Malang

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Alun Alun Malang means Malang City Square. Our guide was very proud of Indonesian town planning, saying that the City Square has four elements: the mayor’s office, the market place, religious buildings, and people. And, as you can see here, the central mosque was next to the church, and both these communities interacted with each other. I say this because just one week later, suicide bombers attacked the churches in Surabaya where we had started our journey in east Java.

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Malang was a delightful city and felt quite liveable. We visited a busy flower market which felt so English!

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Then, we walked through a bird market. I am not too keen on seeing birds in cages, but our guide said that to be a good Muslim, you had to keep a bird for entertainment (for it to sing to you). Now I have not come across this requirement for Malaysian Muslims, but I am going to have to ask around about this.

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One feature I was starting to recognise now in Java was the every present nature of volcanoes. Although the haze often obscured a good view of the horizon, I started to see volcanoes all the time! 

I took this photo because of the variety of transportation means, particulary the horse and carriage taking local tourists around the city. But look in the distance and you will see a hill/mountain which is/was a volcano.







We drove around the city looking at new modern housing developments, and stopped at the ceramics factory. It was closed though, so we looked down some side streets and then headed out to more temples.






The first temple was Candi Singosari, which just like Candi Jago, seemed to be out of place with its surroundings. We climbed up the steps to look inside the small niches, one of which contained the sage Agastya.

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You can see in the background (below left) the ever present volcano. Was this responsible for the lack of completion of this temple? If you look at the carvings of the devils on the temple, the top one is intricately carved while the bottom one is unfinished.

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Just a little walk away are two huge plump guardian statues (Dwarapula). These are thought to have protected the Kings palace which is thought to be around here somewhere.

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Next we drove to a park area to visit Candi Sumberawan. This is a partially restored Buddhist stupa in the foothills of Mount Arjuna. The nearby springs are thought to have magical properties, and we saw them being used for bathing.

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The park was busy with young people, and it was here that we started to appear in everyones selfies. The park had been set up with photo-opportunities, such as this banner saying Ako Tresno which means I Love You, so we had to have our photo taken here!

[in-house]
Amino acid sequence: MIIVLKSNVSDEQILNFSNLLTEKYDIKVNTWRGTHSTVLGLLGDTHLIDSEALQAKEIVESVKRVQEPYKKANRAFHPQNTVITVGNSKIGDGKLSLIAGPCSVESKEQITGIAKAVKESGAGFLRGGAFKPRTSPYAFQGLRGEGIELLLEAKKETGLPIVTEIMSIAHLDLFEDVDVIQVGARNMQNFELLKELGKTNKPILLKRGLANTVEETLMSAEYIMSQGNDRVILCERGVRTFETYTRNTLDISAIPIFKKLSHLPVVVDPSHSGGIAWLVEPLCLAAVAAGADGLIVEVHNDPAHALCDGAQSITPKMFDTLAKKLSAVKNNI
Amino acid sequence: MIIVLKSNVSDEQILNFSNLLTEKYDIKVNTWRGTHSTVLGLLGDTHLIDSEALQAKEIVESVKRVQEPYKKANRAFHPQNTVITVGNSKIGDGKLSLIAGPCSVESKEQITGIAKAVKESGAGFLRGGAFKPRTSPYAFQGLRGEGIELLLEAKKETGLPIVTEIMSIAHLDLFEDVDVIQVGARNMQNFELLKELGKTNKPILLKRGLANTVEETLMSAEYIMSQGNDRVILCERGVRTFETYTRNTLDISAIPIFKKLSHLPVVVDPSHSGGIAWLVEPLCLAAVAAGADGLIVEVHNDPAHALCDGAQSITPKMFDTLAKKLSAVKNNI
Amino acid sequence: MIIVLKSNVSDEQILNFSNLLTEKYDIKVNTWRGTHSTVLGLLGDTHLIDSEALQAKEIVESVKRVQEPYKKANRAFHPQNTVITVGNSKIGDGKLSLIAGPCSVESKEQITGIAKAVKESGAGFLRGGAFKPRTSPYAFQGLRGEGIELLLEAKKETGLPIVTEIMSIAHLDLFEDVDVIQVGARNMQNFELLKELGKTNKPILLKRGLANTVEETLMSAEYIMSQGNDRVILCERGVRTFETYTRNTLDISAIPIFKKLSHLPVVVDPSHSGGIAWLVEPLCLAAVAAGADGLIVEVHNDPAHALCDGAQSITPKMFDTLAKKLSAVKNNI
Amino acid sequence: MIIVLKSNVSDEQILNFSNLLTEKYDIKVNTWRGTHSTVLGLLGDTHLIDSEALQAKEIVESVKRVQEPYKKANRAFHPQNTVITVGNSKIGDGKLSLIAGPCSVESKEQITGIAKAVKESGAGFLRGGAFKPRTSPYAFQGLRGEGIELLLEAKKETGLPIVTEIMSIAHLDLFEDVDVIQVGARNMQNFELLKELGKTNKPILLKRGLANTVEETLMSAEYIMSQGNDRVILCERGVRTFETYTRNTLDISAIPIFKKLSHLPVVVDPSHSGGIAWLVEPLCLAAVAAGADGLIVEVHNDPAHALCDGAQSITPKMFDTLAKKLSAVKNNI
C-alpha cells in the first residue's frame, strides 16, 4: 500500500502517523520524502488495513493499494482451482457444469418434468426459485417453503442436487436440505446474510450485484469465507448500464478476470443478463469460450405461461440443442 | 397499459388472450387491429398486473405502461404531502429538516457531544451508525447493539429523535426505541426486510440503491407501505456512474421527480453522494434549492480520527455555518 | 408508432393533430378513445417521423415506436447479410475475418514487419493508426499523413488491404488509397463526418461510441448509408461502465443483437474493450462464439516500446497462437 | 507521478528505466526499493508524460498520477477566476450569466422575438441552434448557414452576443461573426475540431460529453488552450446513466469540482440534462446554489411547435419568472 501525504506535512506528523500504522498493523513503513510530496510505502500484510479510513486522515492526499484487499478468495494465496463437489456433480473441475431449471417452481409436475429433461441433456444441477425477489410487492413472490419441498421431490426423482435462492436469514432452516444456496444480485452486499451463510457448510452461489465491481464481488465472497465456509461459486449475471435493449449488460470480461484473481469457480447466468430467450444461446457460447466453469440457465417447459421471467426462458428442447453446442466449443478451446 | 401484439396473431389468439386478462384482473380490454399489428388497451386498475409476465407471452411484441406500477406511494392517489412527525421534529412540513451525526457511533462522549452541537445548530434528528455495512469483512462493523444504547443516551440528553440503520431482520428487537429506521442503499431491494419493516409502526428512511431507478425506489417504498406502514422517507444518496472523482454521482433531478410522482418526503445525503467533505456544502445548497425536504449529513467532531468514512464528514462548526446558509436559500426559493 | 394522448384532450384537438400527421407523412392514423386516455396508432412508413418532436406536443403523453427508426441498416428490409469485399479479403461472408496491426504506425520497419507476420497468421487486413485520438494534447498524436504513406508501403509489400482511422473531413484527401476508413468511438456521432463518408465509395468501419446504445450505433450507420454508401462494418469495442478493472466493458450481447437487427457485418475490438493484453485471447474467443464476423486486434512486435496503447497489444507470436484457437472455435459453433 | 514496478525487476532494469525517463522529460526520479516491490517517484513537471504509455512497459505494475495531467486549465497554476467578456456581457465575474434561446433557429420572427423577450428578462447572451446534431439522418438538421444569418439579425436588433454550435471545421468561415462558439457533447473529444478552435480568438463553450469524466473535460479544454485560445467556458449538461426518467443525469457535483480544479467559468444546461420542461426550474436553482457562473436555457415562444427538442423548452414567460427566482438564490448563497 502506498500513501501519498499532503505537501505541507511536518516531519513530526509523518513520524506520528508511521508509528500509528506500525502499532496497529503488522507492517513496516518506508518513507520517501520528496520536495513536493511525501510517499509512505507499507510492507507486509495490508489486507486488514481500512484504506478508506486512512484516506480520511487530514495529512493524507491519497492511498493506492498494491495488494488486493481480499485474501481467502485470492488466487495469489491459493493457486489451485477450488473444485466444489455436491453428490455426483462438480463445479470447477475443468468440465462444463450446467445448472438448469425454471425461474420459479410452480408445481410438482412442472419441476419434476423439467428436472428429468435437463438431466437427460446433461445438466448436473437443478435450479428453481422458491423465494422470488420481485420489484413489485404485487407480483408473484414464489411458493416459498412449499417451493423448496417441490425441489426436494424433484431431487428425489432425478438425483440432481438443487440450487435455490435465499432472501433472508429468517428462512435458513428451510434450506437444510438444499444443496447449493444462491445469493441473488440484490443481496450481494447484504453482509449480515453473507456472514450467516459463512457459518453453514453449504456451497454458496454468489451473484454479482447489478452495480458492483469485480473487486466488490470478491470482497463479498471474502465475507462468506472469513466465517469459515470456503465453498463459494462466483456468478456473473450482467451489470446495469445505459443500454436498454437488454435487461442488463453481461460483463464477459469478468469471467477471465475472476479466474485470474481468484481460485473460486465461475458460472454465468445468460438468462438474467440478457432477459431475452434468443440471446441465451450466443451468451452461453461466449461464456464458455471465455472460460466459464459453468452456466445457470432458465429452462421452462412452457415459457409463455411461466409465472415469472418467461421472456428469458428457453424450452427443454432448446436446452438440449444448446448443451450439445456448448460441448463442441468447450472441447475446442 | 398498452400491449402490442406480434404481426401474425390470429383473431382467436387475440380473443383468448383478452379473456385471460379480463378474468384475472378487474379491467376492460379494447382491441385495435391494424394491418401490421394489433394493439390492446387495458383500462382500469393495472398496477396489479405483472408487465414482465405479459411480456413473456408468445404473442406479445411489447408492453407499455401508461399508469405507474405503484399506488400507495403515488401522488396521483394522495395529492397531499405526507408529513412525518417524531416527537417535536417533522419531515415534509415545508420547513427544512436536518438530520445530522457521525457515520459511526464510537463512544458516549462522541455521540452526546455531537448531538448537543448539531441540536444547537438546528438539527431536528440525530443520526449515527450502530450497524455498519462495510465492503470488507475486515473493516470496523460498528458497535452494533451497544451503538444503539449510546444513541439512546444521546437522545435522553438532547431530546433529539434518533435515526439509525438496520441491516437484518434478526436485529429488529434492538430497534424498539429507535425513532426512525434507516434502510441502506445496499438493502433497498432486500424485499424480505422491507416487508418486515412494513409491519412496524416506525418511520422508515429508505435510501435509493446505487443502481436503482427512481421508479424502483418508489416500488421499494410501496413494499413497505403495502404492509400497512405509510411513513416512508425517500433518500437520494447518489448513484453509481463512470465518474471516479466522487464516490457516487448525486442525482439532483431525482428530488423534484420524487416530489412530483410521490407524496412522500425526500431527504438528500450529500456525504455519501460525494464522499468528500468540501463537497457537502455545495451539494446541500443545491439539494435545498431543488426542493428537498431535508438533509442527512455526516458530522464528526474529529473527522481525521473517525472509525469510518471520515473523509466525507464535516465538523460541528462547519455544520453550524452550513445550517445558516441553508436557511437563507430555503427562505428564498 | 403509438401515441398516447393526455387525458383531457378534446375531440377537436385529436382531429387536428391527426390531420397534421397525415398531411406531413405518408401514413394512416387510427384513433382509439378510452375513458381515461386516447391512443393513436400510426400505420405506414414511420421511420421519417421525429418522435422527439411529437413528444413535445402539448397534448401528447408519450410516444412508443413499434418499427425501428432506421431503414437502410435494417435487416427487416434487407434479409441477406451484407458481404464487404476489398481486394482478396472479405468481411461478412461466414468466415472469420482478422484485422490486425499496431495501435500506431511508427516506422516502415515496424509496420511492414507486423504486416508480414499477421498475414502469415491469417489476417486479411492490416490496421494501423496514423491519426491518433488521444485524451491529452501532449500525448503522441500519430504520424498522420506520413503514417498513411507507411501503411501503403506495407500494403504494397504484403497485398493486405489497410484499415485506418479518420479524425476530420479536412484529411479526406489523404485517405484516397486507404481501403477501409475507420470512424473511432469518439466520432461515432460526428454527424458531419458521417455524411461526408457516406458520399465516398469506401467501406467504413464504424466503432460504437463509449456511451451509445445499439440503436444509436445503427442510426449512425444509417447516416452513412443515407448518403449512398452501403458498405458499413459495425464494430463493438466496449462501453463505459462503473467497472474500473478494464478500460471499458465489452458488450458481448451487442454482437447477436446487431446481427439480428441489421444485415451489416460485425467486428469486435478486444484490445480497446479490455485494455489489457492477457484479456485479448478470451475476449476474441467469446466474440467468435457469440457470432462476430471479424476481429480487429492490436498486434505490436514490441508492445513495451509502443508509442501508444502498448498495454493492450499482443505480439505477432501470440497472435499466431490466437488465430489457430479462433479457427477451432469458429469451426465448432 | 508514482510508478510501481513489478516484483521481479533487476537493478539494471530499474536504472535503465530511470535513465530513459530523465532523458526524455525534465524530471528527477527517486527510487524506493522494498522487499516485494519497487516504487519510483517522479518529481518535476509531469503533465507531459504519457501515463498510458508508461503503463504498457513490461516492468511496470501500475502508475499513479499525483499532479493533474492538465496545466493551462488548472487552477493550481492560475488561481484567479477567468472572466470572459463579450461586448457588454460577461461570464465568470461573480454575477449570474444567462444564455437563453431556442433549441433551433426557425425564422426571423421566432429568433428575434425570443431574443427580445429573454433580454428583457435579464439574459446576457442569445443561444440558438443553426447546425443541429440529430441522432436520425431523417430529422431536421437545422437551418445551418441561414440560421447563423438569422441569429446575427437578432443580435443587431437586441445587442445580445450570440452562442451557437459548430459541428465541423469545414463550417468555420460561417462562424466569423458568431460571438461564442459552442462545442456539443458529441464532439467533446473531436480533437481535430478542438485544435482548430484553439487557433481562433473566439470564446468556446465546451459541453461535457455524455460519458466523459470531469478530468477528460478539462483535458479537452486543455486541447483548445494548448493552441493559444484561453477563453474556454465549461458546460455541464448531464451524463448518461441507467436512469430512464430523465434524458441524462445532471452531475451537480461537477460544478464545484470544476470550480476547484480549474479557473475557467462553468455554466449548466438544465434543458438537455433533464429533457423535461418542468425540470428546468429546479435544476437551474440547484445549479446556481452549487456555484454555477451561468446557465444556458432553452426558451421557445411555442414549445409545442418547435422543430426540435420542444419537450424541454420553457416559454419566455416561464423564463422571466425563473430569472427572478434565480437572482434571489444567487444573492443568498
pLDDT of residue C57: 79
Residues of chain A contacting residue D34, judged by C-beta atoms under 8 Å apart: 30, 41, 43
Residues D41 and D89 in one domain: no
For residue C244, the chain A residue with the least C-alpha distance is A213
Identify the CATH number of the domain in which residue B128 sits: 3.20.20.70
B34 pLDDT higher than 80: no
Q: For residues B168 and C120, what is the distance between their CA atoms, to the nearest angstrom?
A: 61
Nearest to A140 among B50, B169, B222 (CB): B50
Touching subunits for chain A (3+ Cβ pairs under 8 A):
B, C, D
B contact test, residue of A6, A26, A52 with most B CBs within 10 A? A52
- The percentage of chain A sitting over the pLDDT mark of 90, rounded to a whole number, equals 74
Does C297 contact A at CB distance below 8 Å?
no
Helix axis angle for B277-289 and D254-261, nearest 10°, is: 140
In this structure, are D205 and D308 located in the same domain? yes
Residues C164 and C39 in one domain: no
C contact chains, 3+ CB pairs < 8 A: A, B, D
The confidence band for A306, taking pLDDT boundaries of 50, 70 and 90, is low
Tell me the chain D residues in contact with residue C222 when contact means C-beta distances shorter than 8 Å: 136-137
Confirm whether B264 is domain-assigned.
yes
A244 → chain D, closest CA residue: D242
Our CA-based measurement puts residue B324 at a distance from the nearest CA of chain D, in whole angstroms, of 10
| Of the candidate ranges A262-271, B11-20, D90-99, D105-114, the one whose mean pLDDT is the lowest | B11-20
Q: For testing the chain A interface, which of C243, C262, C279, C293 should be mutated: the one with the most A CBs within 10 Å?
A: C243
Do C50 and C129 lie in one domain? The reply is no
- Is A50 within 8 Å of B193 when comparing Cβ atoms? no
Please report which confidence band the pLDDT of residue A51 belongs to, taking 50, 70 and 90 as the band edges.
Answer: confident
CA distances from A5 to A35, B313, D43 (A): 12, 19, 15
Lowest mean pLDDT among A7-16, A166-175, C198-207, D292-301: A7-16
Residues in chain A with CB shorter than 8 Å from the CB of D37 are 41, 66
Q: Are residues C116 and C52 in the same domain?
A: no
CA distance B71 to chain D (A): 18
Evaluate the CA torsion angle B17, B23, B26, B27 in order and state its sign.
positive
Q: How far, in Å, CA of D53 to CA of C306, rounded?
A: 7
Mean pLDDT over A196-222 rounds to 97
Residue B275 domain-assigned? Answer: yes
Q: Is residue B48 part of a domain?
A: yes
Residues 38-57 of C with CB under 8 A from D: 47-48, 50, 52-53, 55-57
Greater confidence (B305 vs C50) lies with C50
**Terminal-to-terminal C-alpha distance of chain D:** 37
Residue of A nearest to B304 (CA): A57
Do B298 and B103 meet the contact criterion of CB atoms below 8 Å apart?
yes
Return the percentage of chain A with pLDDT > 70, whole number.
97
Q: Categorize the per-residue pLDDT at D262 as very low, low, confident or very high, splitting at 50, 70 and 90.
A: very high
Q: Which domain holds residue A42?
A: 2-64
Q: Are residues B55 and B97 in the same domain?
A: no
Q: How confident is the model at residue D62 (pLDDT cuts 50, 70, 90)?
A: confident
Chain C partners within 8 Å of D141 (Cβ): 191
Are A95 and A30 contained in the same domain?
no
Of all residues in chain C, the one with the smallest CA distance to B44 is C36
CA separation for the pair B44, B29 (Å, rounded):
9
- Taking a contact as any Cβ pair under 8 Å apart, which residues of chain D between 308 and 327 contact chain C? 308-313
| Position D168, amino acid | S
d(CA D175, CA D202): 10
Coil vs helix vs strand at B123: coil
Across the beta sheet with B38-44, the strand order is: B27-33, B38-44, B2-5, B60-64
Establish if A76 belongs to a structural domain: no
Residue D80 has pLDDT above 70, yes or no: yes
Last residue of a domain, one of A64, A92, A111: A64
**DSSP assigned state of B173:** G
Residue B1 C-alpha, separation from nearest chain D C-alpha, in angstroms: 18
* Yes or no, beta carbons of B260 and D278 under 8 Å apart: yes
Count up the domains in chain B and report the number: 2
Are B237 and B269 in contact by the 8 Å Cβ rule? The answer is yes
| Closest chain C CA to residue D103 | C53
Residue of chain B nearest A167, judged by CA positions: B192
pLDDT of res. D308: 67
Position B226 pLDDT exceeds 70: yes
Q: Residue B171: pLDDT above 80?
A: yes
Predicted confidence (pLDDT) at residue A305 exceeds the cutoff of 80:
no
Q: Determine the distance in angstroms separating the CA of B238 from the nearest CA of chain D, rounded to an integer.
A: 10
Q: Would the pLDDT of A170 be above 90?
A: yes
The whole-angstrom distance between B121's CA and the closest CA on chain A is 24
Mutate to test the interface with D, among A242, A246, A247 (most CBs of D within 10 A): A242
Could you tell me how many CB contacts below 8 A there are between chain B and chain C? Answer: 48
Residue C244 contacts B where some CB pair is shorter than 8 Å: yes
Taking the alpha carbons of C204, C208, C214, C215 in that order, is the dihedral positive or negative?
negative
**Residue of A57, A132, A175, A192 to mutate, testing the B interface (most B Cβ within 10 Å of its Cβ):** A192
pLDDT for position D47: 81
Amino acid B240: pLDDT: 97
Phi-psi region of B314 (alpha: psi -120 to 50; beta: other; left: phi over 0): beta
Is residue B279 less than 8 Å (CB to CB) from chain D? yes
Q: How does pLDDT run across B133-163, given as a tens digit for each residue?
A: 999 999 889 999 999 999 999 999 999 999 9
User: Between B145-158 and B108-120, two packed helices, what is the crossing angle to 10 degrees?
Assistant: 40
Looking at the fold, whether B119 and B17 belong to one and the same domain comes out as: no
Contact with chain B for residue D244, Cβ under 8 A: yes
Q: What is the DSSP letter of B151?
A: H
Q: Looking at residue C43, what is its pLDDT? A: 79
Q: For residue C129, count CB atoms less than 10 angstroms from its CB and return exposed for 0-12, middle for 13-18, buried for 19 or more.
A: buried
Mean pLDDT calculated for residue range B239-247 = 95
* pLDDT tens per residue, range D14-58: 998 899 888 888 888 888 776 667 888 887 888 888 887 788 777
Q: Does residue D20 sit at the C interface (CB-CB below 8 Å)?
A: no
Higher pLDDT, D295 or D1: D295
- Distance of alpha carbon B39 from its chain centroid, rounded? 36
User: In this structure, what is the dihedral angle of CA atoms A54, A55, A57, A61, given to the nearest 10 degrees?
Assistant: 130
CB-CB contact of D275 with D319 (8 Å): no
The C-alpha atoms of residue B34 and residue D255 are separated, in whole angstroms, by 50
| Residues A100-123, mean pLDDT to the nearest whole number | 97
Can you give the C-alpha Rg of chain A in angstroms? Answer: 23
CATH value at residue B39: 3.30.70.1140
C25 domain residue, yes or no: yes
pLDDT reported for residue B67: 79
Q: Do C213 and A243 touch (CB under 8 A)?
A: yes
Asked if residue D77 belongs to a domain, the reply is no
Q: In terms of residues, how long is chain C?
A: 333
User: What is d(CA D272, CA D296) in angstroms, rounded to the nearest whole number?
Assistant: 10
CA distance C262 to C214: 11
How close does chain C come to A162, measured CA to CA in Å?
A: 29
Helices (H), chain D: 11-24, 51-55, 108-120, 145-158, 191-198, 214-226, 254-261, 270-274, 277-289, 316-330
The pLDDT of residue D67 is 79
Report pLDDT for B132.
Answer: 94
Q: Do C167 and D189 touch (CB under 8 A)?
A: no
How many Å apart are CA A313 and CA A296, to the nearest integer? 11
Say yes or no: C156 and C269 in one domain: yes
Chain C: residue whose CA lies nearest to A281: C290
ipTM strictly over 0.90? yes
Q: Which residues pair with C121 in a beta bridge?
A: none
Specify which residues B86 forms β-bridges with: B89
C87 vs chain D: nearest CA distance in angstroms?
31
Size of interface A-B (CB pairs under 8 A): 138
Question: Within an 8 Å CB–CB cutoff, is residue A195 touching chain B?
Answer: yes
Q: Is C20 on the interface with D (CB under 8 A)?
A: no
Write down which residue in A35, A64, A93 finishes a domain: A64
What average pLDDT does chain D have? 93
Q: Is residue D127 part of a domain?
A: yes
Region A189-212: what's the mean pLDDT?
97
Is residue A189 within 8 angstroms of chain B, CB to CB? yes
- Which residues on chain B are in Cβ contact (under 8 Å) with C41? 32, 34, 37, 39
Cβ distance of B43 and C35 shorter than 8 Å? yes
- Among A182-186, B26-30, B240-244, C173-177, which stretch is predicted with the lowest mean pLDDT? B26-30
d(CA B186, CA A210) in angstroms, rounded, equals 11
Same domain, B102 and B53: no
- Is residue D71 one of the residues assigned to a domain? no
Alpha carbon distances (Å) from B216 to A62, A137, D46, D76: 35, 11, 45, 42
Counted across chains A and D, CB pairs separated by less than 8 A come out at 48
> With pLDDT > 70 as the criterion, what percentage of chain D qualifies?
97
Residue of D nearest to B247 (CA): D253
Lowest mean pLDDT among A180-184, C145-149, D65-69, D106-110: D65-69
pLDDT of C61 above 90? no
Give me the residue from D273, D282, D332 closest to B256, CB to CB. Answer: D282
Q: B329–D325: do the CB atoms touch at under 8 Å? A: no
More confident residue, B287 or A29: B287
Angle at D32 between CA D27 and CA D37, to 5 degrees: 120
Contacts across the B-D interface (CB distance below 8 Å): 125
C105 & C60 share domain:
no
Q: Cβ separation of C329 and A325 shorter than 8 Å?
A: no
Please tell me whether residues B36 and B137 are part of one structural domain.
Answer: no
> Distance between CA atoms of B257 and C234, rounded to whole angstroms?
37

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Finally, it was time for lunch, so we were driven to another new housing development with an idillic restaurant setting. We ate outside at Taman Indie, and had typical Indonesian food served on a banana leaf. Our lunch choices prior to today had been dire with severe consequences, so it was a pleasure to have something tasty and hopefully safe to eat!




After lunch, we visited the Chinatown area of Malang, but I did not see too many Chinamen. The indoor market was cramped and busy and very uncomfortable to be in. But coming outside I spotted this incongruous view of stuffed toys.

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We walked passed masses of motorbikes to eventually find the car for our last stop of the day.

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Our last stop was at Kampung Warna Warni Jodipan, Malang. This is the colourful village which until 2016 had been a slum area by the river. Taking inspiration from a painted village in Brazil, some students from Universitas Muhammadiyah Malang encouraged a paint company to donate tons of paint. Around 107 houses were painted, streets were cleaned up and decorated, and small shops and cafes were set up by the villagers. You pay a small entrance fee which goes to the villagers, and then you are free to wander around a very photogenic village which straddles a river. Most importantly, what was one of the poorest kampungs in Indonesia is now a clean and money-making kampung! The advent of the selfie and Instagram culture has hugely benefitted this place.

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A glass bridge has been built joining the two side of the river, but the glass was so dirty that you could not see through it!

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Since villagers here are used to having their photos taken, I managed to get a couple of shots.

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And that was the end of another busy and very varied day. Malang is a very interesting city and well worth a visit.



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© Helen Gray 2019